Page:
Indiana civil rights activists disappointed as Congress ends police reform talks

INDIANAPOLIS – Several civil rights activists in Indiana say they are disappointed congressional negotiators have ended discussions on a police reform bill.

The George Floyd Justice in Policing Act was passed by the House earlier this year, but lawmakers were unable to come to an agreement to pass it through the Senate.

“We had high hopes that there would be meaningful legislation coming out of Washington,” said Barbara Bolling-Williams, NAACP president at the Indiana State Conference.

Bolling-Williams said she was “disappointed” that federal lawmakers failed to reach agreement on a police reform bill.

The George Floyd Justice in Policing Act would have banned strangulations, ended arrest warrants in federal drug investigations, and created a national database of police misconduct.

Lawmakers have been unable to make progress on sticking points like qualified immunity.

“Reform is still needed,” Bolling-Williams said. “Everything that has happened so far has been good steps, first steps forward. “

Earlier this year, Indiana passed its own police reform law, which prohibits strangulation in certain situations, requires de-escalation training for officers, and reduces the burden of proof for the force training board. state order to withdraw an agent’s certification for malpractice.

Senator Mike Braun (R-Indiana) said he believes it should be up to the states to create these kinds of laws.

“We did it here in Indiana with all the police departments on board to do common sense things, and it should be done at the state level, not the national level,” Braun said.

Others say they would still like federal lawmakers to pass police reform legislation, and some think they should look to Indiana law as a model.

“I think we’re really trying to solve the problems, and it’s done in a bipartisan fashion,” said Reverend Charles Harrison, chairman of the board of the Indianapolis Ten Point Coalition. “I just think Washington has to do it in a bipartisan way.”

Some say they are hoping to see Indiana lawmakers extend this law in the next session as activists look to state and local governments for reform.

“I know other states and branches of the NAACP are moving in this direction in trying to get qualified immunity supported at the state level,” said Roderick Bohannan, chairman of the branch’s legal recourse committee. of Indianapolis NAACP.

“It will continue to be city by city, county by county, state by state,” he added.

In a statement, President Joe Biden said he still hopes Congress will be able to pass a police reform bill at some point and does not rule out taking executive action.

We have contacted other members of our delegation to Congress to get their views on the end of the negotiations.

I am disappointed that the Senate negotiations on police reform have stalled. Hoosiers know this is an extremely high priority in our communities and across America, and passing legislation will save countless lives. The George Floyd Justice in Policing Act, which the House has twice passed, is a common sense bill that helps hold police accountable but also allows them to do their jobs better. It is unfortunate that blind partisanship has prevented many Republicans from giving our bill the attention it deserves. We need to move this policy change forward as soon as possible, and in honor of all the lives lost due to police misconduct.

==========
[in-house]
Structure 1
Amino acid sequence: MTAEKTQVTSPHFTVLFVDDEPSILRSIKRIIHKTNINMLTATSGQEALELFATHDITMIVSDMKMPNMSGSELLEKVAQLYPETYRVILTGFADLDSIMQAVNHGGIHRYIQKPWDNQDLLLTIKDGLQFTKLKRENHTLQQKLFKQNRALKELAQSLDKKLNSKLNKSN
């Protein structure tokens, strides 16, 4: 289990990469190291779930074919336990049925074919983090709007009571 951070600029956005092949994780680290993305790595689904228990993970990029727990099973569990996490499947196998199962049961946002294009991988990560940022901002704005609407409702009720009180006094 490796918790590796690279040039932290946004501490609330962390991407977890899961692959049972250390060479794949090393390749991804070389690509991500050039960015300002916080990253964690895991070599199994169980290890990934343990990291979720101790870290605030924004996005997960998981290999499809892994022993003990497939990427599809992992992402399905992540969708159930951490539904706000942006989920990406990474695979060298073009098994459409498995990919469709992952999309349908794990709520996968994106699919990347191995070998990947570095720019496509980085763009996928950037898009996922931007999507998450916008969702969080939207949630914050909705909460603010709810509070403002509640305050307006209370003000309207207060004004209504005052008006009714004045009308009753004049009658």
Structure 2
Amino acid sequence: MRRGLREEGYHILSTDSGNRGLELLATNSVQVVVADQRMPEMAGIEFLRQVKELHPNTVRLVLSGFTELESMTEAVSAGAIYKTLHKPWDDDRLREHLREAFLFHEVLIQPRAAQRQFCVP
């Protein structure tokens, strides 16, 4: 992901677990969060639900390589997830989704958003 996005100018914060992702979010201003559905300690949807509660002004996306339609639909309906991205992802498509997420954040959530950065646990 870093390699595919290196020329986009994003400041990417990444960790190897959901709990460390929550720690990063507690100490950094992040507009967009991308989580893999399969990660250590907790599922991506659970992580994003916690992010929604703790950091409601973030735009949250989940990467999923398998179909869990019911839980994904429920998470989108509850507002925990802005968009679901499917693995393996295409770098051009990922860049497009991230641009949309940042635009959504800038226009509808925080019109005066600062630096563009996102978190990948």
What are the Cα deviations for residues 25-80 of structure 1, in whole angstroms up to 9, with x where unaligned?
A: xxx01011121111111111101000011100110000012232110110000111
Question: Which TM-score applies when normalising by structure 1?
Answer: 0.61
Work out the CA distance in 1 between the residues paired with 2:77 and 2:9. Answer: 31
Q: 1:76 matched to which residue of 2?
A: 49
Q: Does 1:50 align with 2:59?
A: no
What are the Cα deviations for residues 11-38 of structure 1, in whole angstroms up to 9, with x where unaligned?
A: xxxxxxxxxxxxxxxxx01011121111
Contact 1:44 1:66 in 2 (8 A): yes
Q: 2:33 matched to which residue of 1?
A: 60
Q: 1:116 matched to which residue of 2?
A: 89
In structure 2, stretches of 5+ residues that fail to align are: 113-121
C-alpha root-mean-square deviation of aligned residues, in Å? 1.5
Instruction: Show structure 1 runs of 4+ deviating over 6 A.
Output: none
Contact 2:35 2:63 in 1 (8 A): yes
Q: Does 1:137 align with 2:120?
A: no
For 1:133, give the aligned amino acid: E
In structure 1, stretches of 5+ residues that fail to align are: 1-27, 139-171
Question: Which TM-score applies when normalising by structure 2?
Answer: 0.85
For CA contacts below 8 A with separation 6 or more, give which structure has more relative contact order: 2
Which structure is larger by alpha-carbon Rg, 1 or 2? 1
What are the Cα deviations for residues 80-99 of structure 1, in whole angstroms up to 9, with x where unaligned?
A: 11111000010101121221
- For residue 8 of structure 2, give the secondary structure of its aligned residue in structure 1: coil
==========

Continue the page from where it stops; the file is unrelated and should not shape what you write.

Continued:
Congressman André Carson (D-Indiana)

I support our law enforcement and am committed to supporting good policies that provide resources for more training, community services and increased wages. Supporting our police should be a bipartisan issue. While I am disappointed that these discussions have ceased, our state legislatures also have the capacity to lead these reforms. I’m proud to say that the Indiana General Assembly passed legislation earlier this year that received incredible support from Republicans and Democrats.

Congressman Jim Baird (R-Indiana)

Hoosier officers regularly reiterate their commitment to protecting our communities and upholding our laws; they want good police services everywhere and believe that thoughtful reform can provide the resources they need to face the challenges they face on a daily basis. Politicians should put aside their partisan priorities and focus on serious solutions, which requires working with law enforcement officials ready to provide input.

Representative Trey Hollingsworth (R-Indiana)

I am committed to supporting members of the law enforcement community, making sure they have the resources they need to do their job properly to keep us safe. Our men and women in blue are doing a thankless job and making great sacrifices – which is why I am absolutely opposed to ending qualified immunity.

Representative Greg Pence (R-Indiana)

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